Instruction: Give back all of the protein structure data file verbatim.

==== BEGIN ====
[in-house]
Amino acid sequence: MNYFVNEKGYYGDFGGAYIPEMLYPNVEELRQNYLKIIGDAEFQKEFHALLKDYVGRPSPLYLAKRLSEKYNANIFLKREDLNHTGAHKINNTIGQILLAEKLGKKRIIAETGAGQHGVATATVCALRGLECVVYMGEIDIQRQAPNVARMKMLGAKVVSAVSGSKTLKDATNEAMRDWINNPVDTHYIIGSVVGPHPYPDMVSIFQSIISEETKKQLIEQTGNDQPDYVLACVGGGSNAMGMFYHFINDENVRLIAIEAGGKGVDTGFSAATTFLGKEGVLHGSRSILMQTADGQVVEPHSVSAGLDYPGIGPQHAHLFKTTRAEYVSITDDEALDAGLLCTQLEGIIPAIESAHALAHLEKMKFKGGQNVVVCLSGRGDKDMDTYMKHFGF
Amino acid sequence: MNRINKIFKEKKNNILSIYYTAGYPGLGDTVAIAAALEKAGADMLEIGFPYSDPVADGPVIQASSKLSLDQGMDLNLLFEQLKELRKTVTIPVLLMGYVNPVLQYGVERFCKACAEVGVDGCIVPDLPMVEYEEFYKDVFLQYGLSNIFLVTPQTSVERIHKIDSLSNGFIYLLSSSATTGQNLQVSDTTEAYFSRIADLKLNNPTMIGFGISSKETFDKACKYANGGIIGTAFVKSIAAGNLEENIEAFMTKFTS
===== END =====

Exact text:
[in-house]
Amino acid sequence: MNYFVNEKGYYGDFGGAYIPEMLYPNVEELRQNYLKIIGDAEFQKEFHALLKDYVGRPSPLYLAKRLSEKYNANIFLKREDLNHTGAHKINNTIGQILLAEKLGKKRIIAETGAGQHGVATATVCALRGLECVVYMGEIDIQRQAPNVARMKMLGAKVVSAVSGSKTLKDATNEAMRDWINNPVDTHYIIGSVVGPHPYPDMVSIFQSIISEETKKQLIEQTGNDQPDYVLACVGGGSNAMGMFYHFINDENVRLIAIEAGGKGVDTGFSAATTFLGKEGVLHGSRSILMQTADGQVVEPHSVSAGLDYPGIGPQHAHLFKTTRAEYVSITDDEALDAGLLCTQLEGIIPAIESAHALAHLEKMKFKGGQNVVVCLSGRGDKDMDTYMKHFGF
Amino acid sequence: MNRINKIFKEKKNNILSIYYTAGYPGLGDTVAIAAALEKAGADMLEIGFPYSDPVADGPVIQASSKLSLDQGMDLNLLFEQLKELRKTVTIPVLLMGYVNPVLQYGVERFCKACAEVGVDGCIVPDLPMVEYEEFYKDVFLQYGLSNIFLVTPQTSVERIHKIDSLSNGFIYLLSSSATTGQNLQVSDTTEAYFSRIADLKLNNPTMIGFGISSKETFDKACKYANGGIIGTAFVKSIAAGNLEENIEAFMTKFTS